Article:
Wednesday, September 19, 2007

Fleetway faves return in ALBION ORIGINS


Once again, Titan Books have released another gem in their determination to re-present some of the best British comics of past decades. In the same format as their previous hardbacks Charley's War, King of Crooks (The Spider), and The Steel Claw comes Albion Origins.

As the cover logo makes obvious, Albion Origins is aimed at the readers who bought the Wildstorm Albion graphic novel (published in the UK by Titan). Inside the book are a selection of some of the early adventures of characters that Albion revived: Kelly's Eye and House of Dolmann (from Valiant) and Janus Stark and Cursitor Doom (from Smash!). It's a good choice of stories. The Kelly's Eye strip is a long serial from the early 1960s (before Tim Kelly was joined by the Doctor Who influenced Dr.Diamond and his Time Clock) and House of Dolmann and Janus Stark reprint the very first stories of those characters. Cursitor Doom is also one of the early strips of that character, from 1969.


Albion Origins features just four of the many characters that made British comics unique, but what a bunch! These bizarre and basically unhinged characters may seem unsettling for readers used to American superheroics, but it's their very strangeness that's in their favour. No square-jawed clean cut heroes here. Tim Kelly is probably the closest thing to a superman Valiant had, but he revels in his invincibility a little to much to be sane. Same goes for Dolmann, a ventriloquist who not only talks to his puppets but squabbles with them too, even when he's alone with them! Then there's Janus Stark, a black-eyed angle-faced cross between Houdini and Oscar Wilde, and finally Cursitor Doom, who was a mystic investigator but looked more like a burly nightclub bouncer! (Brian Bolland's new cover for the book captures the darkness and weirdness of the characters perfectly.)


A few slight niggles; Steve Holland's introduction seems to imply that Incredible Hulk, Batman, Fantastic Four, Daredevil and Spider-Man were all running in Smash! at the same time ("swamping British creativity") which wasn't the case. Also, he quite rightly gives credit to the several artists who worked on Janus Stark, but there's no mention of Tom Kerr, who drew the second Janus Stark story reprinted in this very book. (And a great Tom Kerr strip it is too, with plenty of detail and atmosphere, as can be seen from the example below.)


Once again, as with the Albion trade paperback, no humour strips are represented in this collection, despite Grimly Feendish and Bad Penny being major characters in Albion. Whilst I appreciate that space is limited, surely a couple of pages could have accommodated those old single page strips? Perhaps if Albion Origins is the success it deserves to be Titan will hopefully consider a humour collection featuring The Nervs, Eagle Eye Junior Spy, Bad Penny, Dolls of St.Dominics and others who played a part in the Albion saga.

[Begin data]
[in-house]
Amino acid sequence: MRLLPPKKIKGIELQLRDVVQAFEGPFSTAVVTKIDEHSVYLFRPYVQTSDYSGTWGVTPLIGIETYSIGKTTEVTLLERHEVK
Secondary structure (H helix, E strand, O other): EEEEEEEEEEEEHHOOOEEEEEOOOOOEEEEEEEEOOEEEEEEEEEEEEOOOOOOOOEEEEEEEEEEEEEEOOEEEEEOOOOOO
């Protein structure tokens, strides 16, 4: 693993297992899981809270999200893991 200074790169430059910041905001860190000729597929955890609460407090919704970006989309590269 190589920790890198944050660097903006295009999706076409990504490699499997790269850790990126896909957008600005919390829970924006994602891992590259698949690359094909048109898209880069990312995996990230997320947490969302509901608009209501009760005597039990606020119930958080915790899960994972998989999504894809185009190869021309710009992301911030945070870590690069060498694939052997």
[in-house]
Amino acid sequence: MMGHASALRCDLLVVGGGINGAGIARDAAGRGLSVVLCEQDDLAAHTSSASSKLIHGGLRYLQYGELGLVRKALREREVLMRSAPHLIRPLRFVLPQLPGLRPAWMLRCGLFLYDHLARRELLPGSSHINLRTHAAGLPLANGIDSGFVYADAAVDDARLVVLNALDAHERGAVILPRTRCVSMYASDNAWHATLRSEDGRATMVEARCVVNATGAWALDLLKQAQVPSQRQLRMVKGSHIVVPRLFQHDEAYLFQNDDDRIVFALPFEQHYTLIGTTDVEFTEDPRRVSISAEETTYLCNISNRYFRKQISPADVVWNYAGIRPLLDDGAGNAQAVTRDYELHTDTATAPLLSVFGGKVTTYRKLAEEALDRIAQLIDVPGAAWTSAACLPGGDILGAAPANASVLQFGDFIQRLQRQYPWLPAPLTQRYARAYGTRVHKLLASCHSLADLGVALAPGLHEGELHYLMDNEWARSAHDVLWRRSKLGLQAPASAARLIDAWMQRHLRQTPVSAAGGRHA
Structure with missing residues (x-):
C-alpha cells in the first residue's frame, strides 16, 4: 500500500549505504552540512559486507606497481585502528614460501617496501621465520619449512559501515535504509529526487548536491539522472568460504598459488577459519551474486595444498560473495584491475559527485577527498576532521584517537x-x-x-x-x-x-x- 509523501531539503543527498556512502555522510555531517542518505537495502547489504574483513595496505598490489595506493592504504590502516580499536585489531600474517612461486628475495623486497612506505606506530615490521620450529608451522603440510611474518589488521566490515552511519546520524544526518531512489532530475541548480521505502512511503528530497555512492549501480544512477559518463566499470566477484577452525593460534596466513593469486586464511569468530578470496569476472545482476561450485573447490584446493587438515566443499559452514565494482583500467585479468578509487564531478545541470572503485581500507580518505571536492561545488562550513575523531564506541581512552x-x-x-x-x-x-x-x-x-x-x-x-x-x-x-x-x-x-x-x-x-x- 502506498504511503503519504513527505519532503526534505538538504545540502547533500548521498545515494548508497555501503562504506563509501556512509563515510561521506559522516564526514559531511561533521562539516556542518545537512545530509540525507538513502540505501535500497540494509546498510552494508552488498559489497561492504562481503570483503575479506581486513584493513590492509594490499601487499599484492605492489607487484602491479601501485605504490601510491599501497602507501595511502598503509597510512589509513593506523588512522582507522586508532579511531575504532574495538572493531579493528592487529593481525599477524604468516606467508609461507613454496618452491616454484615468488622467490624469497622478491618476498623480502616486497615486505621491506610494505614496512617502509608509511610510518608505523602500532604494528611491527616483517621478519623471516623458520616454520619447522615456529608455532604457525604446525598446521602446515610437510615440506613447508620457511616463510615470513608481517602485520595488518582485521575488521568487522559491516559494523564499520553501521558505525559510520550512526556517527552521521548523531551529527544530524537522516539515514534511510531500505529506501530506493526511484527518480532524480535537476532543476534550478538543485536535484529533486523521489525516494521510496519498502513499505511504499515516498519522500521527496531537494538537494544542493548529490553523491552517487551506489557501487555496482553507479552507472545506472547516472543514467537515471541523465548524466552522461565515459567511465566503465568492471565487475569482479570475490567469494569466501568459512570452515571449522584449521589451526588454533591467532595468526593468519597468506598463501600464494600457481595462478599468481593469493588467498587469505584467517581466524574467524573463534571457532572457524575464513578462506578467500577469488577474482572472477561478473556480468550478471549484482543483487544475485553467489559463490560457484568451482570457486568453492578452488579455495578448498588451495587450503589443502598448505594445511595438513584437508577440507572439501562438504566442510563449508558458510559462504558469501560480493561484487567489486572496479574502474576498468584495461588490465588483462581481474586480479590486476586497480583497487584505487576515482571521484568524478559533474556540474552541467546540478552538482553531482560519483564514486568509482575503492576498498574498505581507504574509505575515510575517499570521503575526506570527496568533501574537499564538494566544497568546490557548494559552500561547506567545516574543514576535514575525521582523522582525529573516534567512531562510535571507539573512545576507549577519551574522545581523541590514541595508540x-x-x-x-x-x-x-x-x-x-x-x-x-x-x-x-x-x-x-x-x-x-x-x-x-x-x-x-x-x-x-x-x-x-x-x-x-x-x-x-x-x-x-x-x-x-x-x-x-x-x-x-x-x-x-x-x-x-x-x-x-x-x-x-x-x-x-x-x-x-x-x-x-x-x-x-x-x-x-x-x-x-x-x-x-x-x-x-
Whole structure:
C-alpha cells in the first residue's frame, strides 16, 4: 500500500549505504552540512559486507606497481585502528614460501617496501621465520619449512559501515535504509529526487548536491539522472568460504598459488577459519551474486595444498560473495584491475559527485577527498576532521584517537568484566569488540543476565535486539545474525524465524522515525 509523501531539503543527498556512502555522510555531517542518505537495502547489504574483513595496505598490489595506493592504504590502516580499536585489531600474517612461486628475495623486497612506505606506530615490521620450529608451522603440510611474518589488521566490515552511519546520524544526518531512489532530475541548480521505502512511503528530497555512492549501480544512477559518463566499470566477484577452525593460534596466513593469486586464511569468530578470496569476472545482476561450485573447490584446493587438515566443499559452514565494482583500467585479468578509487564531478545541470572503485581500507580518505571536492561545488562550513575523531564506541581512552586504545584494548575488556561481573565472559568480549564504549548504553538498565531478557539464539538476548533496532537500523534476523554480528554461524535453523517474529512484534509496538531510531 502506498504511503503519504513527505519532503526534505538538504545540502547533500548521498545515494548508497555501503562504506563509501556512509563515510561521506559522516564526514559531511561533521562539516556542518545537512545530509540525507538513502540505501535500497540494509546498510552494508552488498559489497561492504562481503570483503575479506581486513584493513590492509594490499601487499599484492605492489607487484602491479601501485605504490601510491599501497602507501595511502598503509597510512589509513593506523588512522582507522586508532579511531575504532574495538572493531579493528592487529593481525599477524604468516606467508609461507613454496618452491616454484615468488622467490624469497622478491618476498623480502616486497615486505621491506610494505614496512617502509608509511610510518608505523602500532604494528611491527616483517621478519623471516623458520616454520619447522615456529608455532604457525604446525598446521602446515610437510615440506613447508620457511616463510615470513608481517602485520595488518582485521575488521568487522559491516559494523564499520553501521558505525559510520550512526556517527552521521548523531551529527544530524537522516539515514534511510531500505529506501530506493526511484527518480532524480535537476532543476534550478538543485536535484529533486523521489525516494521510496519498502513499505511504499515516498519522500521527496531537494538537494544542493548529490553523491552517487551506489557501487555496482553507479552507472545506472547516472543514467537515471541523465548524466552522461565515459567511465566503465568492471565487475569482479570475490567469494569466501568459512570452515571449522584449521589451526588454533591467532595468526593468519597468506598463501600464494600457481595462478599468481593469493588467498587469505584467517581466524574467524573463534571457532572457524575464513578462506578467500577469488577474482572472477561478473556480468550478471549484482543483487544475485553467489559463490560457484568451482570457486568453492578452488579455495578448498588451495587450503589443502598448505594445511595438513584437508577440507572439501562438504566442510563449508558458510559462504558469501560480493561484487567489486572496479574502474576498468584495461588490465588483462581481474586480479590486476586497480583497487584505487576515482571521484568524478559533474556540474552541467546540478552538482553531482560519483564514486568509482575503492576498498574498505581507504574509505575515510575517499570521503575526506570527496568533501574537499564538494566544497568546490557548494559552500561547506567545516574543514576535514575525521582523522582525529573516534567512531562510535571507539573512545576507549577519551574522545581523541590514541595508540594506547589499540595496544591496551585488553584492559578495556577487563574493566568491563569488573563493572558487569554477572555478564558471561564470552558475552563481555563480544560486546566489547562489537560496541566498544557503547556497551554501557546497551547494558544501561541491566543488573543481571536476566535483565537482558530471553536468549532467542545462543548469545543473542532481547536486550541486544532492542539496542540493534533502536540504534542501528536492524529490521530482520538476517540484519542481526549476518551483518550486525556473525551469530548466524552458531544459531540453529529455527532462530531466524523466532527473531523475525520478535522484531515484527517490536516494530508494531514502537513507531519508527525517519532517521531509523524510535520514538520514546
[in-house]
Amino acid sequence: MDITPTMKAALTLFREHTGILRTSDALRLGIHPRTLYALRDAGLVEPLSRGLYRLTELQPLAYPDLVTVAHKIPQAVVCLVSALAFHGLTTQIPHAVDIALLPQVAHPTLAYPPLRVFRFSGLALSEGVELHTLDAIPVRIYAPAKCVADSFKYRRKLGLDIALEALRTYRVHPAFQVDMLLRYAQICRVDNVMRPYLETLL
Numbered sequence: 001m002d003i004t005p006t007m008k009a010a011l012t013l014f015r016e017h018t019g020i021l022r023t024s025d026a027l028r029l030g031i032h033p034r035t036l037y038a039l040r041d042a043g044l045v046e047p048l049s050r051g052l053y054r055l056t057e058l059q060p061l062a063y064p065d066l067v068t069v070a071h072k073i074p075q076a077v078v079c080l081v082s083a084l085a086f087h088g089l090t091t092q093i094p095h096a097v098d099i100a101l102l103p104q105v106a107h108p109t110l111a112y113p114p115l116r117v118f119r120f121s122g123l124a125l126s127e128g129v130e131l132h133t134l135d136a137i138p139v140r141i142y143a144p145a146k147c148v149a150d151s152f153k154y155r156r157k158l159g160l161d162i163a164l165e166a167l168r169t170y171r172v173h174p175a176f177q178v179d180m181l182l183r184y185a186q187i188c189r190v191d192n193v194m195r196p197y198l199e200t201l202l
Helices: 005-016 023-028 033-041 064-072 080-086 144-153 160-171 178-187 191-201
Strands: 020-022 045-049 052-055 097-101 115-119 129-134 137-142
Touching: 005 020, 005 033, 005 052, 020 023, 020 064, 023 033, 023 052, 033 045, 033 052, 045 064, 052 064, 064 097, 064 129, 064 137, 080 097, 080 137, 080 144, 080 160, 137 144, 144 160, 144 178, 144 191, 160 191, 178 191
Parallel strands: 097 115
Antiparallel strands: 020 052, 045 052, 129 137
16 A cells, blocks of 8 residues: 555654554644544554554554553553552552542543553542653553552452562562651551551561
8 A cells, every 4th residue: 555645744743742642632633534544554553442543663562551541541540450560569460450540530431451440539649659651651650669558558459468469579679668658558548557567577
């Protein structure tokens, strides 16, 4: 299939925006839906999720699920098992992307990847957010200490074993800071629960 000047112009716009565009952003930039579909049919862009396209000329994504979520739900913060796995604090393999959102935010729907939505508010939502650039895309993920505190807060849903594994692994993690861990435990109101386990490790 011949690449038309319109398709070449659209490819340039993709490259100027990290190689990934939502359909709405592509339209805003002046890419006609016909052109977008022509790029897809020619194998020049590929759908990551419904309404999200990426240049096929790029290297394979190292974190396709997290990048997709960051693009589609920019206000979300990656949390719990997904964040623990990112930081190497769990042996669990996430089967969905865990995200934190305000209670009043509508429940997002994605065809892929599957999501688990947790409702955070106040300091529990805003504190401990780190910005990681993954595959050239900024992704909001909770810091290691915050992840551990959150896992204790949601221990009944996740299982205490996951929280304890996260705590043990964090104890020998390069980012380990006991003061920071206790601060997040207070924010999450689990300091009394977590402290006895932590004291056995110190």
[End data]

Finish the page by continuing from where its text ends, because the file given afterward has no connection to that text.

Those small points aside, Albion Origins is an excellent collection. Reproduction of the strips is extremely good considering scans of 40 year old comics were the source material. Thankfully, no attempt has been made to edit out the title logos at the beginning of each episode, and every strip retains the toplines, resumé captions, etc as they did in their original publications. Some may dislike this, thinking they disrupt the flow of story, but in truth they add to the authenticity of those bygone comics, when cliffhangers were described as "spine chilling" and each installment "breath taking". All of which was part of what made British comics of the sixties so compelling and exciting.


Albion Origins, hardback, Titan Books. 112 pages. £14.99 R.R.P. but available for less from Amazon.co.uk here.

4 comments:

paulhd said...

Been looking forward to this for a while, and it looks fantastic.
Good timing for a release too, with a bit of luck it will get caught up on the nostalgia Christmas shopping... at least it will in the bookshop I work at if I can help it!

Lorcy said...

looks excellent, the cover reminded me of that 2000ad Action Special from 1992 that reimagined The Spider and others with contemparary 2000ad writers and artists:

http://www.2000adonline.com/?zone=prog&page=specials

with Moore's Albion this special seems to have been forgotten but I remember it having a dark and twisted scene of derelicts round a fire fighting over who was a 'Whizz-Kid' or 'Chip-ite'

Captain Storm said...

With the exception of Kelly's Eye,Steel Claw and Janus Stark,who the heck did Dollman get in the mix?It's not as if he was as prolific or as popular as say Adam Eterno or The Spellbinder!Or is it a case of certain aged Editors just picking their own favorites?I know Spellbinder didn't feature in the Albion book but you get my drift?

Lew Stringer said...

True, I never cared much for Dolmann's stories either. As for Adam Eterno and Spellbinder, I'm not sure if IPC or Egmont own them.

The other factor in the choice of strips in the book is story length. Dolmann strips were complete stories or short serials, so were ideal. Spellbinder, Robot Archie, Mytek and most others had long running serials so wouldn't fit.

(Personally I'd have chosen Charlie Peace instead of Dolmann, if they wanted complete stories, and possibly a Captain Hurricane, but I suppose the theme of the book is on the more quirky heroes.)

Lew

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